M16’s James Bond (Timothy Dalton, The Lion in Winter) is assigned to help a KGB officer, General Georgi Koskov (Jeroen Krabbe, The Prince of Tides), defect to the West. But after Koskov mysteriously disappears, Bond realizes that the whole defection was a sham. Bond also discovers that Koskov is involved with an American mercenary (Joe Don Baker, Walking Tall), who is suspected of selling arms to the Russians.
Reaction & Thoughts:
This is the first real reboot of the Bond franchise. Although the films have never been considered sequels, from Dr. No to A View to a Kill, you get the impression that you are watching a series of adventures by the same person — there are tidbits of information that tie the whole franchise together. The Living Daylights, written by Richard Maibaum and Michael G. Wilson, directed by Bond veteran John Glen (Octopussy and A View to a Kill), marked a new beginning, with an obviously younger actor, Timothy Dalton, in the starring role.
Time does strange things to you. When the movie first came out, I flatly rejected it. Looking back, I was just being immature. I was just mad that Timothy Dalton was no Roger Moore. I grew up with Moore’s Bond (I didn’t even know of Sean Connery or George Lanzenby until much, much later). My idea of Bond was formed by watching Moore’s outings. Now, older and hopefully wiser, I can fully appreciate Dalton for what he was, not for what I wanted him to be.
Dalton is really an excellent Bond. There is no other way to say it. Neither drolly urbane (like Moore) nor brutishly elegant (like Connery), Dalton is both realistic and conflicted. He’s tough, very tough, but he is also warm, even caring. More important, he brings to the role a level of energy and agility that was lost somewhat as Connery and Moore got older and older (odd-man-out Lanzeby was also a spunky Bond, but his reign was too short to make an impression).
There is a great moment that’s pure Dalton. After a fellow spy is brutally killed, he pauses to reflect. You can see the anger on his face and you can clearly see that he is deeply saddened by the death of his co-worker. The moment doesn’t last long, but it is long enough to make a huge impression. And, as I suggested before, Dalton moves like leopard. When the stuntman takes over, you really don’t notice the changeling and this helps sustain suspension of disbelief, a vital requirement in these types of films.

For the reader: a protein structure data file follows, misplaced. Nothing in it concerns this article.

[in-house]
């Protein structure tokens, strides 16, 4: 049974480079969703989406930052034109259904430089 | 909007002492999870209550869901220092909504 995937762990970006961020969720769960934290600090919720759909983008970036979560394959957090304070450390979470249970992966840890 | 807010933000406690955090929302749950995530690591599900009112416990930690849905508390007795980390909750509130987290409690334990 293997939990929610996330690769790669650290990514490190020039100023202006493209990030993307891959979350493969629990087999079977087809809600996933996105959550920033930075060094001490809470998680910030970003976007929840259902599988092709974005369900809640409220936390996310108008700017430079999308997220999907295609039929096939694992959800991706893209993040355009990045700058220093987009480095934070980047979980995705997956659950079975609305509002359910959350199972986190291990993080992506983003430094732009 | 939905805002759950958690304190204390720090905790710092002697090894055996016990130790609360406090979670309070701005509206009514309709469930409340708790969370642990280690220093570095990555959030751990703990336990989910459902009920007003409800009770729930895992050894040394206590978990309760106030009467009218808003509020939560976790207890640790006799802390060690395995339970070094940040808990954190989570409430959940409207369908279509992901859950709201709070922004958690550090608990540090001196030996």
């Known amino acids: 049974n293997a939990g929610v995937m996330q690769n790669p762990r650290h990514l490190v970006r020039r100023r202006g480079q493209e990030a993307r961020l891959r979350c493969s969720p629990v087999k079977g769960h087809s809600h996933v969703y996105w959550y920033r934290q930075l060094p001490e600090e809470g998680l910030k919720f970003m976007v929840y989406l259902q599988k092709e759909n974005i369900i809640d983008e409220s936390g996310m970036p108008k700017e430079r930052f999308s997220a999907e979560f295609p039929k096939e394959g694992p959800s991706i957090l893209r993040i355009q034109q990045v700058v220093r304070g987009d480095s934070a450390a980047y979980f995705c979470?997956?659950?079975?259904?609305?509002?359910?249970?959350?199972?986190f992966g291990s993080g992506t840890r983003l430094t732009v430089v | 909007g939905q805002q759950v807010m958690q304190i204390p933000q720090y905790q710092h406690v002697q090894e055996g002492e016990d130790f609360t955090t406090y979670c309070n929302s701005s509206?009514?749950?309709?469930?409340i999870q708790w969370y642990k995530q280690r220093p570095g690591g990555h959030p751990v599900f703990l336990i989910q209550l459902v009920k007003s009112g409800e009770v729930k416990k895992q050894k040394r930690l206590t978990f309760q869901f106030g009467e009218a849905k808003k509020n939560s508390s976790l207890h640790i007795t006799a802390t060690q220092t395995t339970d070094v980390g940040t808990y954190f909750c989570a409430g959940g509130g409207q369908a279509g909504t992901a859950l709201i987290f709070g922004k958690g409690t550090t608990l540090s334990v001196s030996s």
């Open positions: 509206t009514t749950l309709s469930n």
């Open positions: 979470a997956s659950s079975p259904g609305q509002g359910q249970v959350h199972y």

There are a few things that prevent the film from being a total success. First, I think the movie has a terribly anticlimactic ending. It all should have ended with Bond aboard the cargo plane. It’s such a fanatic sequence, one of the franchise’s most exciting montages, that what comes afterwards only serves to diffuse the suspense.
Finally, some of the acting in the film disappointed me. Don Baker’s villain is too much of a cartoon character. It doesn’t really belong in an otherwise straightforward thriller. Baker is a fine actor so I blame the writers for the lack of depth. Maryam d’Abo (White Nights) is one of the wimpiest Bond girls and she doesn’t have any chemistry with Dalton. They look like brother & sister (Dalton looks at d’Abo the way one looks at a stray puppy) — I didn’t believe their romance for one second.
I did like the work of English-born Welsh actor John Rhys-Davies (Sallah in the Indiana Jones movies and Gimli in The Lord of the Rings trilogy), who plays General Leonid Pushkin — it’s an interesting character that Rhys-Davies play well. Krabbé is also very good as weasily Koskov. Desmond Llewelyn’s “Q” (the only actor to survive the reboot) has some good moments too.
The title song, “The Living Daylights”, lyrics by Pål Waaktaar (a member of the famous Norwegian band A-ha), music by composer John Barry, is just okay. I like the pop group A-ha, but I wasn’t crazy about the song. Barry’s last Bond music score is excellent, though. He left the series on a high note (no pun intended).
Conclusions & Final Thoughts:
I hate to admit it, but I was so, so wrong about The Living Daylights and Dalton — the movie is a lot of fun and Dalton is great as our favorite spy. Yes, it is not perfect, but it is better than most of today’s action flicks. As far as the franchise is concerned, The Living Daylights deserves a place right in the middle, right below great Bond films like Dr. No, Goldfinger and The Spy Who Loved Me, but above of Thunderball, Live and Let Die and The Man with the Golden Gun. Color, 130 minutes, Rated PG.
James Bond will return
License to Kill (1989)